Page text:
Triple-negative breast cancer (TNBC) is the most aggressive and deadly form of breast cancer with limited treatment options and a high probability of recurrence. Tumor growth and relapse of TNBC are driven by breast cancer stem cells, and improved therapies that can eliminate those hardy cells are urgently needed. Researchers from the University of Frieburg discovered that coordinated differentiation and changes in the metabolism of breast cancer stem cells make them invisible for the immune system. Counteracting the metabolic change with the drug zolendronate could make immunotherapy using gamma delta T cells more efficient against TNBC. The research team was led by Susana Minguet from the Cluster of Excellence CIBSS - Centre for Integrative Biological Signalling Studies at the University of Freiburg, in collaboration with Dr. Jochen Maurer from the University Hospital RWTH Aachen, Dr. Mahima Swamy from the Universtiy of Dundee/Scotland and collaborators from the University Hospital Freiburg. The study was published in the Journal Cancer Immunology Research, a journal of the American Association for Cancer Research.
TNBC cells hide from gamma delta T cells Gamma delta T cells recognize and kill cells that produce stress-induced molecules and phosphoantigens, a common characteristic of cancer cells. Because gamma delta T cells work differently to other types of T cells, they are being investigated as an alternative to existing immunotherapies. In the current study, the researchers tested the effect of gamma delta T cells on TNBC using isolated cancer cells and a recently developed mouse model that closely replicates the tumor properties found in human patients.
While the gamma delta T cells worked well against isolated breast cancer stem cells from patients, they had a much weaker effect in the mouse model. This was due to adaptations of the cancer cells that let them stay unnoticed by the immune system, the researchers found. These adaptations included the downregulation of the so-called mevalonate pathway: a metabolic pathway that leads to the production of phosphoantigens - one of the classes of molecules that gamma T cells recognize. This escape mechanism likely also happens in patients with TNBC: analysis of public patient databases showed that reduced expression of key molecules of the mevalonate pathway correlate with a worse prognosis.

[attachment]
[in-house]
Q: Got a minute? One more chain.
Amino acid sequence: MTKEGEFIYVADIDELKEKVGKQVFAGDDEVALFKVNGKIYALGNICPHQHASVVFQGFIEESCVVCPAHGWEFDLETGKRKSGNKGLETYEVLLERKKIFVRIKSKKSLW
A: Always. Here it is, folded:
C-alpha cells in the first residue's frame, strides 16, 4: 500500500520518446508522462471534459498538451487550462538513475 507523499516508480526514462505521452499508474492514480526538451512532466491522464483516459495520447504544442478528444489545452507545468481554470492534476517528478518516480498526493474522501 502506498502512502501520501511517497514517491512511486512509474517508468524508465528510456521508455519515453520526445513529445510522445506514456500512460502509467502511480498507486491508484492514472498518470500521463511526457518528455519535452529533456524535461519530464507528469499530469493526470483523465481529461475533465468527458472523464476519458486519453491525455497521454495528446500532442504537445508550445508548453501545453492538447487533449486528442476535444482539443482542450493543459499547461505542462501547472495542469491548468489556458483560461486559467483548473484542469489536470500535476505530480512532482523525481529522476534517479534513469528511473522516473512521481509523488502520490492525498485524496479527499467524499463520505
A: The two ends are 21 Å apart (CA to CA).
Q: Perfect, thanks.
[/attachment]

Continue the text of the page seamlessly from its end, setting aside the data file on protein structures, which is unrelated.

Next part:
The immune evasion of TNBC cells is reversibleThis newly discovered escape mechanism can be counteracted by the drug zolendronate, which is FDA-approved for the treatment of osteoporosis and bone metastasis. When the researchers treated the escapist cells with zolendronate, the gamma T cells became a lot more efficient in clearing the cancer. "Our findings explain why current clinical trials using gamma delta T cells are not resulting in the expected success," Minguet summarizes. "We found a possible pharmacological-based approach to revert immune escape, which paves the way for novel combinatorial immunotherapies for triple negative breast cancer."
Original publication: Katrin Raute, Juliane Strietz, Maria Alejandra Parigiani, Geoffroy Andrieux, Oliver S. Thomas, Klaus M. Kistner, Marina Zintchenko, Peter Aichele, Maike Hofmann, Houjiang Zhou, Wilfried Weber, Melanie Boerries, Mahima Swamy, Jochen Maurer, Susana Minguet (2023): Breast cancer stem cell-derived tumors escape from - T cell immunosurveillance in vivo by modulating - T cell ligands. In: Cancer Immunology Research.
Susana Minguet has been recently appointed as Heisenberg Professor at the Faculty of Biology of the University of Freiburg and is a member of the Cluster of Excellence CIBSS - Centre for Integrative Biological Signalling Studies and of BIOSS - Centre for Biological Signalling Studies. Her work focuses on gaining a better understanding of the molecular mechanisms that lead to the activation of B and T lymphocytes.
Fluorescence microcopy image of gamma delta T cells (green) attacking cancer cells (blue). To get tot he cancer cells, the immune cells need to navigate through a dense extracellular matrix that surrounds the tumor tissue (red). Image: Katrin Raute / University of Freiburg
The mandala artistically represents the research findings: The colorful circle represents a breast cancer stem cell (BCSC) whose surface structures can be recognized and killed by gamma delta T cells. The grey patterns illustrate BCBCs that have concerted differentiation and immune escape, remaining invisible to the immune cells. Image: Susana Minguet / CIBSS, BIOSS, University of Freiburg